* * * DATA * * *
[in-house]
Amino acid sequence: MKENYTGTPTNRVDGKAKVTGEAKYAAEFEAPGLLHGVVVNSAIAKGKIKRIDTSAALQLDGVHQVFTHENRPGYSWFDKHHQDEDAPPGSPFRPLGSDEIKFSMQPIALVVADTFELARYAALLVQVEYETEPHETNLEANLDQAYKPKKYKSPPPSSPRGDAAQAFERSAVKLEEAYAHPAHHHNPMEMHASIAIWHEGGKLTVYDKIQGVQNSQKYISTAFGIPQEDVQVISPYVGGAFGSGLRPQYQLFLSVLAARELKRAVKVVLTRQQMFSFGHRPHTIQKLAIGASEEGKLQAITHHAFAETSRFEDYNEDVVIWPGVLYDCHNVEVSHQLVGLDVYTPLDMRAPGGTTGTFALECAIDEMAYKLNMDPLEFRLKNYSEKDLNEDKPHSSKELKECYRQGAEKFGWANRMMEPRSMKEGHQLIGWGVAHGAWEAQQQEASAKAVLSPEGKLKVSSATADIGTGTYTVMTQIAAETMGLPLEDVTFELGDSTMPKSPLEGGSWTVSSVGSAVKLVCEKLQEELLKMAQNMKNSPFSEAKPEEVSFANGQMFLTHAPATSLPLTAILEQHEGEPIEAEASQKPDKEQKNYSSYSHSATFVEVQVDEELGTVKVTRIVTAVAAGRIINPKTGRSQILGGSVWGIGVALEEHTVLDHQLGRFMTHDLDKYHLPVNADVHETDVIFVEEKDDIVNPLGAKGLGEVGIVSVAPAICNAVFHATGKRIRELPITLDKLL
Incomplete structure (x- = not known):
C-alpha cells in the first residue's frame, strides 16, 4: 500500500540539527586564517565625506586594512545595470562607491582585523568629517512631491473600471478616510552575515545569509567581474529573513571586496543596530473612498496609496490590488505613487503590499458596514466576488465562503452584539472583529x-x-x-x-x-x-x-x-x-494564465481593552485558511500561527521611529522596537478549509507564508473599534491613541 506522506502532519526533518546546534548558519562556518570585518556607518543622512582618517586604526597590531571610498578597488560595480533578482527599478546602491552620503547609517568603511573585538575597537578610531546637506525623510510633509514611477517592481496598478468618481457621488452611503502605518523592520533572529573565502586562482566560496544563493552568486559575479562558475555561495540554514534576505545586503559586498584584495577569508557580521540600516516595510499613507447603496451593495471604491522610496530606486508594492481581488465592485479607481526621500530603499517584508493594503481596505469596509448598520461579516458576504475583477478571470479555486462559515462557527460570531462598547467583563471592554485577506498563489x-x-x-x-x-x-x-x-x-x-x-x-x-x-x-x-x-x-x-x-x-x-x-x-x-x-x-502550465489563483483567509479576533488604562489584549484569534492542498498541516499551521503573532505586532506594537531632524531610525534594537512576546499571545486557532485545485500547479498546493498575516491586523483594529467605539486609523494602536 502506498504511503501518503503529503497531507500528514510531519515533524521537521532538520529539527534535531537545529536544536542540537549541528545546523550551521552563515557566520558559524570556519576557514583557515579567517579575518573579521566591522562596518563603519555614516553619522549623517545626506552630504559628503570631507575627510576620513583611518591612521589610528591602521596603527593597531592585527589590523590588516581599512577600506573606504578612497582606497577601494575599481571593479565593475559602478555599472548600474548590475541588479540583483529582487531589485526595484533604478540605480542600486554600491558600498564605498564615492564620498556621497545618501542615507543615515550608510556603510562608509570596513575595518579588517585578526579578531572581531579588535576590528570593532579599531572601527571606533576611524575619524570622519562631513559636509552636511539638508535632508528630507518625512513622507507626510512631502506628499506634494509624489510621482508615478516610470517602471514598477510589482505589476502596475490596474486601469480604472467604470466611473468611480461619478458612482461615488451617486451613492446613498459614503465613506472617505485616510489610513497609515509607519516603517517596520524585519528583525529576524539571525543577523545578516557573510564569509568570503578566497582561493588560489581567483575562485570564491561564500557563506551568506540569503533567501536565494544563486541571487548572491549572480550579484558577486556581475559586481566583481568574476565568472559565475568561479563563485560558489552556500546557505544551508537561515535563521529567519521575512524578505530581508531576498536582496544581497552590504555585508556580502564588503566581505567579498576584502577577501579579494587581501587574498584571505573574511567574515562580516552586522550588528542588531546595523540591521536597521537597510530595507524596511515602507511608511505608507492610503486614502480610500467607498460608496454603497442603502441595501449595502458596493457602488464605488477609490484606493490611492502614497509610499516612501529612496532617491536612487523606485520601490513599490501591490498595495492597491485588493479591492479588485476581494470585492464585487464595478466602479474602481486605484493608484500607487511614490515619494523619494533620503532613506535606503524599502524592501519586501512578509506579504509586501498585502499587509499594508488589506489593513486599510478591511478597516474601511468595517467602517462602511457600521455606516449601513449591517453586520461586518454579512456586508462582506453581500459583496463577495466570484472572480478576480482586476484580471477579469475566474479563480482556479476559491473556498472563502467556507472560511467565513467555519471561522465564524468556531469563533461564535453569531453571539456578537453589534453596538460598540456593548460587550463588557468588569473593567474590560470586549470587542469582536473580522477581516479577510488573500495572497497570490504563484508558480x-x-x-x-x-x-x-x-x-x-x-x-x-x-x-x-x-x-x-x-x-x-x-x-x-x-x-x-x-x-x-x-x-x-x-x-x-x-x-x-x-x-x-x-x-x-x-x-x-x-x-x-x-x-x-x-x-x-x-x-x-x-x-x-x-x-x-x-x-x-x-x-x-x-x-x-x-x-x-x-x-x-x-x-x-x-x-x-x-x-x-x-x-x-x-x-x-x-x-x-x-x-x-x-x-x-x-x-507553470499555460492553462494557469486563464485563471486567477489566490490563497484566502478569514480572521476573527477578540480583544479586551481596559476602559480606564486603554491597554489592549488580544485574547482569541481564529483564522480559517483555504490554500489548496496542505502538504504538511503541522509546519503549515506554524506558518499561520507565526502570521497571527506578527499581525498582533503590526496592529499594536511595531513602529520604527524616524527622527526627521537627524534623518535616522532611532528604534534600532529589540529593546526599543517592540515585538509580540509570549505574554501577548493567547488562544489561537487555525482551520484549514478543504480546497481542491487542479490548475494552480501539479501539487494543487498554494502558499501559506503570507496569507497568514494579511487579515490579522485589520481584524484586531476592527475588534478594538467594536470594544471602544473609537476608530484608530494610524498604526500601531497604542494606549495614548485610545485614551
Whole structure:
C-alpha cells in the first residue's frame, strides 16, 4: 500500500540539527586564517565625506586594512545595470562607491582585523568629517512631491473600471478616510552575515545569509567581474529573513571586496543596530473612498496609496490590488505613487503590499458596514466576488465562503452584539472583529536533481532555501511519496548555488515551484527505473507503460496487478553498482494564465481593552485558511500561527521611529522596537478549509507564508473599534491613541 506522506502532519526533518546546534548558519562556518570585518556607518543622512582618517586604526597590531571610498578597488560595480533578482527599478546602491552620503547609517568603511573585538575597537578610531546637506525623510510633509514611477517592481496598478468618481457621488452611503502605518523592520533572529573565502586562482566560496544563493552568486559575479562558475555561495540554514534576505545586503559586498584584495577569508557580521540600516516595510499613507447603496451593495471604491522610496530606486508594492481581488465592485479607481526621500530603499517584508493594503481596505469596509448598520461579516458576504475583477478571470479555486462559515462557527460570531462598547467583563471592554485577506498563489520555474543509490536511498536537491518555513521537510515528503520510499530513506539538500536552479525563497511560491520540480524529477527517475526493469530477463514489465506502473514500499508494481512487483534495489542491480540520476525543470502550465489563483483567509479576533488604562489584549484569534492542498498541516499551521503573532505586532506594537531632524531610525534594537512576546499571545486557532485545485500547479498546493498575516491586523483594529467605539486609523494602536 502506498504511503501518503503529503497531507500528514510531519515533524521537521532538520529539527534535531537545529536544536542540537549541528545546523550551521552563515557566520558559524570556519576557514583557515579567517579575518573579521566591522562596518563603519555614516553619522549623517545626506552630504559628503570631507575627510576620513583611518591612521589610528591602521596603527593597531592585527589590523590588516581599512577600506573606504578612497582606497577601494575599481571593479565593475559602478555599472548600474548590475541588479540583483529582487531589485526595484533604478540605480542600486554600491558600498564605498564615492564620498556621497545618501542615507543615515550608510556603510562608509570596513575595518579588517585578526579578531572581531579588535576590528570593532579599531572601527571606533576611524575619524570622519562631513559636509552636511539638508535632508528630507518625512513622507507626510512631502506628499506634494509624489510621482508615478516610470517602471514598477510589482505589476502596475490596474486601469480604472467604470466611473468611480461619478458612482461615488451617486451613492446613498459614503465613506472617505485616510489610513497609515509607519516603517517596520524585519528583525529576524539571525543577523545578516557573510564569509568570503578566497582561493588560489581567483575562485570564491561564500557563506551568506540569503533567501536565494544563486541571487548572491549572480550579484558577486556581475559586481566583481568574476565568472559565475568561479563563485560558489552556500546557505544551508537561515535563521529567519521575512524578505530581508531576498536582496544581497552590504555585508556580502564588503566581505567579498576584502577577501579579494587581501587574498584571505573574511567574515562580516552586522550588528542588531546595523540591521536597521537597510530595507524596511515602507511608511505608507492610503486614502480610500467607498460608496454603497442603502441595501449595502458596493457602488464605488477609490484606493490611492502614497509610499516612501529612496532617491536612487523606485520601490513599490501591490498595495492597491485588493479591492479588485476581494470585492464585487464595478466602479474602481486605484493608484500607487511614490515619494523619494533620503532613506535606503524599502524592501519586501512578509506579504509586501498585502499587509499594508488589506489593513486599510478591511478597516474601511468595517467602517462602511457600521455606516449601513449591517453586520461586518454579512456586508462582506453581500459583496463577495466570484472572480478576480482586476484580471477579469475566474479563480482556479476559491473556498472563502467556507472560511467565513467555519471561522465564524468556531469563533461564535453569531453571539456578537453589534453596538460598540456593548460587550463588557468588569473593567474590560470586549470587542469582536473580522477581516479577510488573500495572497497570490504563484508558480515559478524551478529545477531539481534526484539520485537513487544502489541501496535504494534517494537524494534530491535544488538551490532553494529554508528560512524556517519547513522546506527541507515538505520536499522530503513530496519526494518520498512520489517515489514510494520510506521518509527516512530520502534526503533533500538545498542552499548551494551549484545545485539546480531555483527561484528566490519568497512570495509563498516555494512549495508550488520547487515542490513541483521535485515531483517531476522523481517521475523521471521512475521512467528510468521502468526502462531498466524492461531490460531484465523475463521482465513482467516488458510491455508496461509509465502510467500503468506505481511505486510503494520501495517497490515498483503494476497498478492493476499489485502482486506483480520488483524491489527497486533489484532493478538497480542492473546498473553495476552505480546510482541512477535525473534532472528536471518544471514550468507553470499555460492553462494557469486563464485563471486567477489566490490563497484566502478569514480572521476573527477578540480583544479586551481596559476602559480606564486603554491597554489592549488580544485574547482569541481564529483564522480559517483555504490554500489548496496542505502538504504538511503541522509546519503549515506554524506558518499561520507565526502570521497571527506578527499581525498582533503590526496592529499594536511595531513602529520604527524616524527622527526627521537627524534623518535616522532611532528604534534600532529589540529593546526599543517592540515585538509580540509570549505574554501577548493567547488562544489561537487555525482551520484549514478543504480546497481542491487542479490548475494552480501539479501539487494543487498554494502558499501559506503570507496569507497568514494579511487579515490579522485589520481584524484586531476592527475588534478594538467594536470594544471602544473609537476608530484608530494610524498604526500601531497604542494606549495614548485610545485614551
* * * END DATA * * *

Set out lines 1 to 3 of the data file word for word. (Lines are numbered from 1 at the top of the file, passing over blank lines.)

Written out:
[in-house]
Amino acid sequence: MKENYTGTPTNRVDGKAKVTGEAKYAAEFEAPGLLHGVVVNSAIAKGKIKRIDTSAALQLDGVHQVFTHENRPGYSWFDKHHQDEDAPPGSPFRPLGSDEIKFSMQPIALVVADTFELARYAALLVQVEYETEPHETNLEANLDQAYKPKKYKSPPPSSPRGDAAQAFERSAVKLEEAYAHPAHHHNPMEMHASIAIWHEGGKLTVYDKIQGVQNSQKYISTAFGIPQEDVQVISPYVGGAFGSGLRPQYQLFLSVLAARELKRAVKVVLTRQQMFSFGHRPHTIQKLAIGASEEGKLQAITHHAFAETSRFEDYNEDVVIWPGVLYDCHNVEVSHQLVGLDVYTPLDMRAPGGTTGTFALECAIDEMAYKLNMDPLEFRLKNYSEKDLNEDKPHSSKELKECYRQGAEKFGWANRMMEPRSMKEGHQLIGWGVAHGAWEAQQQEASAKAVLSPEGKLKVSSATADIGTGTYTVMTQIAAETMGLPLEDVTFELGDSTMPKSPLEGGSWTVSSVGSAVKLVCEKLQEELLKMAQNMKNSPFSEAKPEEVSFANGQMFLTHAPATSLPLTAILEQHEGEPIEAEASQKPDKEQKNYSSYSHSATFVEVQVDEELGTVKVTRIVTAVAAGRIINPKTGRSQILGGSVWGIGVALEEHTVLDHQLGRFMTHDLDKYHLPVNADVHETDVIFVEEKDDIVNPLGAKGLGEVGIVSVAPAICNAVFHATGKRIRELPITLDKLL
Incomplete structure (x- = not known):